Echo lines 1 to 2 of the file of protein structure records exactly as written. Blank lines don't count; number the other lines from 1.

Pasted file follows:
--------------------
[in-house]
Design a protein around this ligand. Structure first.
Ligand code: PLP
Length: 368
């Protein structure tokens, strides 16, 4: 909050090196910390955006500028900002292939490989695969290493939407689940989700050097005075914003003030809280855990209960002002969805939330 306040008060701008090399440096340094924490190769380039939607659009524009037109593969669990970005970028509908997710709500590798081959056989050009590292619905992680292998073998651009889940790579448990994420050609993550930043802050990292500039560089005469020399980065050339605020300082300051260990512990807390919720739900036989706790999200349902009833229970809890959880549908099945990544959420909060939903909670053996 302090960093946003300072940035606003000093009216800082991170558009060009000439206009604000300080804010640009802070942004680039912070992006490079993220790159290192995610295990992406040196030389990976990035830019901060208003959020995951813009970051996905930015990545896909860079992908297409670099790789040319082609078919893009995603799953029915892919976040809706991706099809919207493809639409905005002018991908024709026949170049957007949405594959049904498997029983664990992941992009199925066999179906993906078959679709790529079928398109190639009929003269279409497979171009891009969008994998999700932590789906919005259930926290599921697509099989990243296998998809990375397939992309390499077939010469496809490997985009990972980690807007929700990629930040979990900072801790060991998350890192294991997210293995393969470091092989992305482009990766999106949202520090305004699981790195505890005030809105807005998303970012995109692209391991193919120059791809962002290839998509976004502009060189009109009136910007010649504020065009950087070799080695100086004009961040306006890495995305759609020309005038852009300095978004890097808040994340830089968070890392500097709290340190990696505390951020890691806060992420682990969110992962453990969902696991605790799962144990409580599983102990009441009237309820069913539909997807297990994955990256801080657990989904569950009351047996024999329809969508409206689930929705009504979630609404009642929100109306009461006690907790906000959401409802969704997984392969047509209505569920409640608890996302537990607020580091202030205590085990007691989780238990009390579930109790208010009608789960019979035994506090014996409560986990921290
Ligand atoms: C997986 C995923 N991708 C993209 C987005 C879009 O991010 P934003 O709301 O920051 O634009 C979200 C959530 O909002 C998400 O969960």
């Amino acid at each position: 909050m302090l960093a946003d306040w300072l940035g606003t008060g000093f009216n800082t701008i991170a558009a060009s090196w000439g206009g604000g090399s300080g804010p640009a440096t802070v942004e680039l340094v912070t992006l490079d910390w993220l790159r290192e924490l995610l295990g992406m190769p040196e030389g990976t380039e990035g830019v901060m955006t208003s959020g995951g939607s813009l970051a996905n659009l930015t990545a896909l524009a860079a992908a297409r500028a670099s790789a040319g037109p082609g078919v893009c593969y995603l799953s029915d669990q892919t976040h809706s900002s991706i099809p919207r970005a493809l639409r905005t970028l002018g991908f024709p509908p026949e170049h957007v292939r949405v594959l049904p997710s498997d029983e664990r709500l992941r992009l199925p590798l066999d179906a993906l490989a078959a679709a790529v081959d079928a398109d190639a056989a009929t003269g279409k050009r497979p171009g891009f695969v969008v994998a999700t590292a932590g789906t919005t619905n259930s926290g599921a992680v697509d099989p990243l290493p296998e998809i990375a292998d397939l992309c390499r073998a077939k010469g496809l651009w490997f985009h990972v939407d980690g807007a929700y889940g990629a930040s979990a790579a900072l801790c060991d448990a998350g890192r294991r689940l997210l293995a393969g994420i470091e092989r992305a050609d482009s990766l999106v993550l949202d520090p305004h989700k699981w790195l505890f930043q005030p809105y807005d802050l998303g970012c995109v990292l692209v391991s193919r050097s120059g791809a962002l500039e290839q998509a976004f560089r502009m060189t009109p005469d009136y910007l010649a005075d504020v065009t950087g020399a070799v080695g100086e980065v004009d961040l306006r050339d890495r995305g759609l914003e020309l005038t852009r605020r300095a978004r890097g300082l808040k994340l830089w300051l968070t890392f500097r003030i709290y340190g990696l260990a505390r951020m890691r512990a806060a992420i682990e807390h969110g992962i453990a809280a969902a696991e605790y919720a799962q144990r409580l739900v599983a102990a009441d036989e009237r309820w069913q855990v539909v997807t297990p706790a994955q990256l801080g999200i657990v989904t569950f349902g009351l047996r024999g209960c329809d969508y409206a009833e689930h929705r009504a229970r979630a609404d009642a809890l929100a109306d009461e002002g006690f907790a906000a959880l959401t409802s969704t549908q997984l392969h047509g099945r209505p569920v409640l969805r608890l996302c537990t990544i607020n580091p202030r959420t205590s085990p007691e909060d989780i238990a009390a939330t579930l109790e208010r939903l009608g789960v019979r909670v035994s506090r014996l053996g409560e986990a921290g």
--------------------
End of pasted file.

[in-house]
Design a protein around this ligand. Structure first.